I read this AEC Magazine article Christmas comes early at Epic Games about free features for Unreal Engine (UE) and thought I’d give UE V4 a go.
I’d previoously played with Unity, and there is talk of a collaboration between Unity & AutoDesk for AEC industry, that means that the freee Unity will suddenly need to be paid for for add ons for the AEC part.
So, since UE4 is still free I thought I’d give that a spin. On a project I’m working on there needs to be a few visualisations so I thought I’d test it out. Also, my new computer has a bit of spare space so I eed to fill it up with something.
To get UE4 you need to create an account and then download the software. I’m currently doing that.
There is also DataSmith for transferring from Revit but that only works from 2018 onwards. Also there is Twinmotion that is free as per this version but if you update on next version update in march 2020 it will cost.
So, looking at a YouTube video for transferring from earlier versions of Revit to UE you need to export Revit file to FBX.
So I did that part of the process. I watched another video that showed you can use some python script to change Revit materials to UE materials. See video below, about 10 minutes in.
The above video also demos a nice example of creating a control in UE to change lighting in the scenes by creating and adding a slider. So there seems to be a lot under the hood.
Its finally downloaded and I now can import Revit files, but it is as intimidating as hell.
Importing from Revit
The first video takes from Revit, then into 3DMax then into UE4. I just went directly from Revit to UE4 and only the meshes came across, so I need to add/modify materials.
I was flumoxed and couldn’t even navigate, so the video below is useful.
I found this chaps tutorial series for basic getting hands on pretty good
He steps throughmaking materials
There are a lot of snippet lessons on materials. A bit lengthy really.
Another thing, minimal free materials for using in UE4. A bit of a pain, you can’t just have a few standardmaterials with textures and go. Simple architectural ones would be handy. The ones free are usually ye olde worlde village ones (Shingle roofs/rubble walls etc) so not realy for current projects. So UE, lesson one, build your own material library. Seems a bit dicky.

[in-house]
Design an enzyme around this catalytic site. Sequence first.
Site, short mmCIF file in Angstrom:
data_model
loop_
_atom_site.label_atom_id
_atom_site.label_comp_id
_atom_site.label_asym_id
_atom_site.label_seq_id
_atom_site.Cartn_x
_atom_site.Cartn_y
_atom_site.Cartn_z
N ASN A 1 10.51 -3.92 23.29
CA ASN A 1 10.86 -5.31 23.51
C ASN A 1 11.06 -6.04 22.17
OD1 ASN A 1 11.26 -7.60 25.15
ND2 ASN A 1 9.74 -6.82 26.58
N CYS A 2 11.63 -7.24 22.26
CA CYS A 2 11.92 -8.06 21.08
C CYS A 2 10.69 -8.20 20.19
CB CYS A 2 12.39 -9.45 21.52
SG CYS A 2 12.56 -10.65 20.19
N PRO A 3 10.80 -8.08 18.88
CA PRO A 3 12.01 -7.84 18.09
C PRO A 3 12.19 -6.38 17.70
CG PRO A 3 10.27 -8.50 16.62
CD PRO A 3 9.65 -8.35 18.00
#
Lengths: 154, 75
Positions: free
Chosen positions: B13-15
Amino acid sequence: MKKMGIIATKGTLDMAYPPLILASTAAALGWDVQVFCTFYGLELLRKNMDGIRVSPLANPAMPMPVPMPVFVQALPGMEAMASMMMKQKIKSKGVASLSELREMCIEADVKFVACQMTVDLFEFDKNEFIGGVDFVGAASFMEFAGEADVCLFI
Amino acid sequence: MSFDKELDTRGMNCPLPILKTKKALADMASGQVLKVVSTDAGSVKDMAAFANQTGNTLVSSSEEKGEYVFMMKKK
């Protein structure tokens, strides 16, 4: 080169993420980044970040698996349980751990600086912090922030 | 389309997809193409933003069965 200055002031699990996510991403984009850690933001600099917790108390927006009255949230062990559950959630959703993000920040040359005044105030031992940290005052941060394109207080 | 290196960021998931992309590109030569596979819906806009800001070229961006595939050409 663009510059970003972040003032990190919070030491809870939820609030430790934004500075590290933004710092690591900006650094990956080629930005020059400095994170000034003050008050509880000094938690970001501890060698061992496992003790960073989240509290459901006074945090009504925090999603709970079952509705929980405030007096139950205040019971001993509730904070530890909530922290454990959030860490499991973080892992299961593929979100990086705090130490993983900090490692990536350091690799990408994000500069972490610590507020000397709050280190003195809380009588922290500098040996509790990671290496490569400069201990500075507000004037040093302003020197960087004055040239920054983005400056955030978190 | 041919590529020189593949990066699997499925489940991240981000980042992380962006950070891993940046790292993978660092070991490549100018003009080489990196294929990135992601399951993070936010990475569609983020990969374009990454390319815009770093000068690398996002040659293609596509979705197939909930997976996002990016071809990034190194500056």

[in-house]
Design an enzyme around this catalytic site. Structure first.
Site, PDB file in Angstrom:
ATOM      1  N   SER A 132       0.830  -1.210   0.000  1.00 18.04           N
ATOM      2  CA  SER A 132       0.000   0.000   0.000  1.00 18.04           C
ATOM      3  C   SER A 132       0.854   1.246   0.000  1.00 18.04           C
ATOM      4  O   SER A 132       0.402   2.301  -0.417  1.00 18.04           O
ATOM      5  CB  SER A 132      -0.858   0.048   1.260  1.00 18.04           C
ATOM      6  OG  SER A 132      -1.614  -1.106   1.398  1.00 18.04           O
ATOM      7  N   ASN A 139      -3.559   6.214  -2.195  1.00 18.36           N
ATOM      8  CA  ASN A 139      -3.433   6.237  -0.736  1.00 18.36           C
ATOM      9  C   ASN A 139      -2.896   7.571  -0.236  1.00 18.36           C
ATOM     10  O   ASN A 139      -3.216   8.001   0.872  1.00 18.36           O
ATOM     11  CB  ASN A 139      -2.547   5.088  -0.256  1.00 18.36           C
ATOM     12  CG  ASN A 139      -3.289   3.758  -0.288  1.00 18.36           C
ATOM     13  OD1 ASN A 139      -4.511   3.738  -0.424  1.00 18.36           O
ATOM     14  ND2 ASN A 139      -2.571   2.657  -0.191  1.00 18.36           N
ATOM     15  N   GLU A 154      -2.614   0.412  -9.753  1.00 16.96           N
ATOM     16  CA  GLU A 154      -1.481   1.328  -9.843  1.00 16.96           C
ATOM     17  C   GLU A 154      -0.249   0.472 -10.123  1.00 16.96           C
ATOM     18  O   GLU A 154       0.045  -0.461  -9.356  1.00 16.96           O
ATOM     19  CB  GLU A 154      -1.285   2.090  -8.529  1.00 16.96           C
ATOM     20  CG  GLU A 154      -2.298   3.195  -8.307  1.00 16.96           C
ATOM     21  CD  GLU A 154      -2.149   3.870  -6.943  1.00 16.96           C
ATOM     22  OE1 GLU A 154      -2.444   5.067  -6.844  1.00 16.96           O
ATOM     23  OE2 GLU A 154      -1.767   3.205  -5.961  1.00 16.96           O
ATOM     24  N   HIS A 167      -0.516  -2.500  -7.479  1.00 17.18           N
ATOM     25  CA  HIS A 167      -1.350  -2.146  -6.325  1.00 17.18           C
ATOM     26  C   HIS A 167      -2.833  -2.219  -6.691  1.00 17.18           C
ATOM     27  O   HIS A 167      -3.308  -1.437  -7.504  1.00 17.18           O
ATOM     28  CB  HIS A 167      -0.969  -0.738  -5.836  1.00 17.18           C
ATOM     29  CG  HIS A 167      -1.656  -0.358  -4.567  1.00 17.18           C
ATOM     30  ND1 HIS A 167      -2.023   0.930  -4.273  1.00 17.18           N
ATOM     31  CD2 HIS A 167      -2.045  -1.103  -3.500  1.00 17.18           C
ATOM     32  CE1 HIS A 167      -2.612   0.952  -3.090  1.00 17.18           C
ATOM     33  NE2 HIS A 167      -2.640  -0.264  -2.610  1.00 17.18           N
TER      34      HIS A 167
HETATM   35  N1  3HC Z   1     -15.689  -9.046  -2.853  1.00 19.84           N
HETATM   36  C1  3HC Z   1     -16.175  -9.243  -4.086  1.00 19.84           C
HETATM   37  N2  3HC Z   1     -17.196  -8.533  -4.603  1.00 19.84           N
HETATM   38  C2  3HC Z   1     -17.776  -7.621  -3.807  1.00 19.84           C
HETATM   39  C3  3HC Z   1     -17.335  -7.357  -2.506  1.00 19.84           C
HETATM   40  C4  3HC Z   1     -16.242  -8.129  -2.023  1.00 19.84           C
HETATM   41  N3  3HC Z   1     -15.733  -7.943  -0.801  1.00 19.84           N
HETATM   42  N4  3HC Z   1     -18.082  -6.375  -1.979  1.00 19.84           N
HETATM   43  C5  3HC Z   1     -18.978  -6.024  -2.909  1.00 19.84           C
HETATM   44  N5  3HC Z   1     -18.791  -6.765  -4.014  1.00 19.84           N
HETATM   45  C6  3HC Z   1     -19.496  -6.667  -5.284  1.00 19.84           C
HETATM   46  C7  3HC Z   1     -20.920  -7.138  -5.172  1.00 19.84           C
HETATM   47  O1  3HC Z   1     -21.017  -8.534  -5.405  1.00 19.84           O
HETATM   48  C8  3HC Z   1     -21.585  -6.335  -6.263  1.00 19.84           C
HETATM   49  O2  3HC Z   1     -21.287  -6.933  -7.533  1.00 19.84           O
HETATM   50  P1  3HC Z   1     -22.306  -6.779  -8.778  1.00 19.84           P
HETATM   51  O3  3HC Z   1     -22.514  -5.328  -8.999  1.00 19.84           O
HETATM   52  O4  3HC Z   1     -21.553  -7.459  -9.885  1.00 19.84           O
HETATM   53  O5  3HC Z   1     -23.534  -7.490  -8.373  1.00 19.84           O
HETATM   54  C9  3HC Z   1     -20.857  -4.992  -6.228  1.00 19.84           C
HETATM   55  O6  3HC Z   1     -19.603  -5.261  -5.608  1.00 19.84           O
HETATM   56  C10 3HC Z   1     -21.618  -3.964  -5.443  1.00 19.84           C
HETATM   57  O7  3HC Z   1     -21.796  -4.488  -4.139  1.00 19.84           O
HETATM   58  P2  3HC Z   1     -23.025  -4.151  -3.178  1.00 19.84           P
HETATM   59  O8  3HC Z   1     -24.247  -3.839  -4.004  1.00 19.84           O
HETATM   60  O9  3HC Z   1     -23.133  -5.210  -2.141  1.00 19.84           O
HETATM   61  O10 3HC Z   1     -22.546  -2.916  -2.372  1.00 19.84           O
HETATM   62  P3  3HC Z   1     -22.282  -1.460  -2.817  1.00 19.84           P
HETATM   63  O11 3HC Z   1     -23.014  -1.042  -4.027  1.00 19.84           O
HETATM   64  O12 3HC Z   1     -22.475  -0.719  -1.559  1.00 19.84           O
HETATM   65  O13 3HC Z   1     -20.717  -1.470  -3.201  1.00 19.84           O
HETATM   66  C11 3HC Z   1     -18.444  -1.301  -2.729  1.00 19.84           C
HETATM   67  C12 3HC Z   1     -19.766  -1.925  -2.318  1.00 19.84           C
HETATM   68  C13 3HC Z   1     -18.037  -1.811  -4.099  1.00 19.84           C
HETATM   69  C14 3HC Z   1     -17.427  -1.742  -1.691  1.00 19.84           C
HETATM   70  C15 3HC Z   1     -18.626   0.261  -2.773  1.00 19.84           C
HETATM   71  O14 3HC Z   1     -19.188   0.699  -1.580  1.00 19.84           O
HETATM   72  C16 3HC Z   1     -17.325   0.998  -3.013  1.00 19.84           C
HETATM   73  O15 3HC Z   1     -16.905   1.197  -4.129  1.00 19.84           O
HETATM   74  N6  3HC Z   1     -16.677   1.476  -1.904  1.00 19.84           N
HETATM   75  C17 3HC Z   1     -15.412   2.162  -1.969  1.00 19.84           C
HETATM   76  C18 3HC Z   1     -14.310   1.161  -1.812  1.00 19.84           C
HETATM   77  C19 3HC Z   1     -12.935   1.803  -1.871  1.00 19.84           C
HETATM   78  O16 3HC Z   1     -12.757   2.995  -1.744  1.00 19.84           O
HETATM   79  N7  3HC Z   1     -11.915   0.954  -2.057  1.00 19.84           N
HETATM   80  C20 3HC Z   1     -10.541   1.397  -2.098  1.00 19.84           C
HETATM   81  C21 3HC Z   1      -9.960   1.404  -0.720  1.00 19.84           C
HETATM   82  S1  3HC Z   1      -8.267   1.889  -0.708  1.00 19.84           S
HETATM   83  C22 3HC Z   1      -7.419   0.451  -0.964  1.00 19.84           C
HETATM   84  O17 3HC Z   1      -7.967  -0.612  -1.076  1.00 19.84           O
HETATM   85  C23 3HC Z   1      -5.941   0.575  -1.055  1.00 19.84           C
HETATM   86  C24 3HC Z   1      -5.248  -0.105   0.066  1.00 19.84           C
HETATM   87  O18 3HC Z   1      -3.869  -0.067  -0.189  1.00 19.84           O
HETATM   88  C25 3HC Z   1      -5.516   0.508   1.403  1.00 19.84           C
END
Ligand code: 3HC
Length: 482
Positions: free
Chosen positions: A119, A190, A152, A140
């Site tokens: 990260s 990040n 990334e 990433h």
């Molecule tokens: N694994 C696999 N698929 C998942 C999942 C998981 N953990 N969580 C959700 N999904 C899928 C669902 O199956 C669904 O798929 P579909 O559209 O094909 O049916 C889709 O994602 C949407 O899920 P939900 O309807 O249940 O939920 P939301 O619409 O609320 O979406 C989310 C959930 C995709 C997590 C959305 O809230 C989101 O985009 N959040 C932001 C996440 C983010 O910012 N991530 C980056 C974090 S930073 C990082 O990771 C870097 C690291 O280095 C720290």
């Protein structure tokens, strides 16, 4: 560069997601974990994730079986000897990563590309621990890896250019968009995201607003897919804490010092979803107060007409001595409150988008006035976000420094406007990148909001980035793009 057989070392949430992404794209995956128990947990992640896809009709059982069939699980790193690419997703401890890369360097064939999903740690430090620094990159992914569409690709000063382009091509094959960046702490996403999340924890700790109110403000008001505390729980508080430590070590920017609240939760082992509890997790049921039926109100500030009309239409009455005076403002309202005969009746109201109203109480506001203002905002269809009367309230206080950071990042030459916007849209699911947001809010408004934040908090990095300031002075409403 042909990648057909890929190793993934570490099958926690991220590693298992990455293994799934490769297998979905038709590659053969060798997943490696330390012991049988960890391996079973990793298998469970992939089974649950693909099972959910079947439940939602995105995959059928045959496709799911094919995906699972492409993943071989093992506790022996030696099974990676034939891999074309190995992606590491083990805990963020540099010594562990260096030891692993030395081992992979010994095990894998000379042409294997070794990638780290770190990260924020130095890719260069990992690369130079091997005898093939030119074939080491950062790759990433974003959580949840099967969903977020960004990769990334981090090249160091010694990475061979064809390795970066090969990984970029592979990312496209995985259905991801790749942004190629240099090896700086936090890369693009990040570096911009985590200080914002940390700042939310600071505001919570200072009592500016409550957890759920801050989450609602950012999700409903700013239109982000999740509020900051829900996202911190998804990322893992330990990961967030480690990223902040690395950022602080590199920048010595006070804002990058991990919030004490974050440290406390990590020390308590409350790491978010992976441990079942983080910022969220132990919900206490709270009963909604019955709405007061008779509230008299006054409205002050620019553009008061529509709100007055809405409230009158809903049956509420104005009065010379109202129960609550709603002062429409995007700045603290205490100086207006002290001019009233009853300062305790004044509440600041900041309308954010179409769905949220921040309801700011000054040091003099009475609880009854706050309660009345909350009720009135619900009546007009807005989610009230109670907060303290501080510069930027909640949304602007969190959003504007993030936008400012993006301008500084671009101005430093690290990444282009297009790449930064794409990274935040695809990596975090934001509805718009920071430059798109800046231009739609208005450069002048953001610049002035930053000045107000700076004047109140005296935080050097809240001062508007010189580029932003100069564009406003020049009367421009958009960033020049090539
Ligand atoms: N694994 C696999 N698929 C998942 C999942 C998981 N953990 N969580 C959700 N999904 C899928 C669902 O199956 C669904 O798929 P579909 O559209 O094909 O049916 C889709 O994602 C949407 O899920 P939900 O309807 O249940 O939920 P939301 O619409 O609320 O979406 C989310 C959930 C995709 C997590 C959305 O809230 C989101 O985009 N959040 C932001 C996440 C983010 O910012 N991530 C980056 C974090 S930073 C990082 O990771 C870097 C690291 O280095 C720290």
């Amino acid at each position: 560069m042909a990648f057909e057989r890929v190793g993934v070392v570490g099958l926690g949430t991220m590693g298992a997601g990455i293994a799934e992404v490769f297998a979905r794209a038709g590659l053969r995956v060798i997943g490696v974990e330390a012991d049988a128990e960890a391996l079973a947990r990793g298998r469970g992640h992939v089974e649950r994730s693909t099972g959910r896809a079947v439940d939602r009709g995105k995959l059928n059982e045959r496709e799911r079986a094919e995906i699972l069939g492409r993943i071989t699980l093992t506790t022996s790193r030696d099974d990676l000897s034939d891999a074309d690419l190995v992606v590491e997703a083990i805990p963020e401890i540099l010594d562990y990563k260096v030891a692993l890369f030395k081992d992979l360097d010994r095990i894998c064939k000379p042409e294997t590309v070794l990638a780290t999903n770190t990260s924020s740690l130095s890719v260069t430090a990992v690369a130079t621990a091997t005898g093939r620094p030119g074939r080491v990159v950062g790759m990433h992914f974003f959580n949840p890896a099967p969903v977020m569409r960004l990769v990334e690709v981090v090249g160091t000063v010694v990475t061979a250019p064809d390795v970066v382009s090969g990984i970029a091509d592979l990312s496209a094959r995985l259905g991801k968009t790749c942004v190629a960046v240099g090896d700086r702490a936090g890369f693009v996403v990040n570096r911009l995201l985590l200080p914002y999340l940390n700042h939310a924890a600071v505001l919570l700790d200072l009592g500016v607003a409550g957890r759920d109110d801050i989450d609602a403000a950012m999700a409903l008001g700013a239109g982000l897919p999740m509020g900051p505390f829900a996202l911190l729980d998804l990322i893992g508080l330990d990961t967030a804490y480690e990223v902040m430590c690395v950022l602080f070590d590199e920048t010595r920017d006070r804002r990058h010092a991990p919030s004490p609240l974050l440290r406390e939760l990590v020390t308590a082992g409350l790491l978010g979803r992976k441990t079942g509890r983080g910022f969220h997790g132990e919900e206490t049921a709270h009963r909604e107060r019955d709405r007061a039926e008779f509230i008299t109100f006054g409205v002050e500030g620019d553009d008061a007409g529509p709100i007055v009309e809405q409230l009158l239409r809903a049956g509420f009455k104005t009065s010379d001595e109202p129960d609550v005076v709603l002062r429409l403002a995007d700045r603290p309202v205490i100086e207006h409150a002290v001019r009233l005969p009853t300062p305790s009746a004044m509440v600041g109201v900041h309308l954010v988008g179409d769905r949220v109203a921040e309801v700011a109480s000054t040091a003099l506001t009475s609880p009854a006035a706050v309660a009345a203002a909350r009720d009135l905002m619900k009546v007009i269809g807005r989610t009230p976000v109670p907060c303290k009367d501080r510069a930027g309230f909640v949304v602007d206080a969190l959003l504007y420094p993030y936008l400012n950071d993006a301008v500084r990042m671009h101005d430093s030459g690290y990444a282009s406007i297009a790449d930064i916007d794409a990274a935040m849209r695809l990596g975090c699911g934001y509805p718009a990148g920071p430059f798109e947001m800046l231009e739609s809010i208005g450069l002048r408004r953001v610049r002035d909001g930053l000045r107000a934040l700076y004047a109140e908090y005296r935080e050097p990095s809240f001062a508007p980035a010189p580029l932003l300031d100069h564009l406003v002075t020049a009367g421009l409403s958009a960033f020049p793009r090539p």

Revit15 to Blender to UE4- free process not 3dmax
The video below is a good talk through as to why you’d use an intermediate step to get from Revit to UE4 with Blender. In other examples they use 3D Max to do this. With the new DataSmith plugin for 2018 late version on this is not required.
Too long & tedious for a simple render or walkthrough
After a day of watching videos and trying I was very dissapointed with the results. It is not an OOTB solution and has a steep learning curve.
As this is not my main area of interest I’m going to stop here.
UE is a pretty powerful programme, as is Blender and Unity. But from my perspective there is a large amount of learning that has to take place before I can do something quick and productive, so I think its not worth persuing at this time.
These are modelling/gaming tools and are powerful, but not easy to merge in with where my interests lie. So sayonara to UE for now. I think I may uninstall it as I dont see myself using it in the future. I think Unity was simpler, but worked on it a long while ago so cannot recollect, and I didn’t get far with that either.
UE & Unity both have a great level f reality that Revit cannot obtain, but I’m more interested in data capture than aesthetics. In Revit I’m more interested in documenting buildable information too.
It was worth an explore, but not a useful tool. I would rather go for sometnhing like SimLab Soft Composer. Not as realistic but quicker and fits in with my current workflow. There is a cost to it, rather than free software though.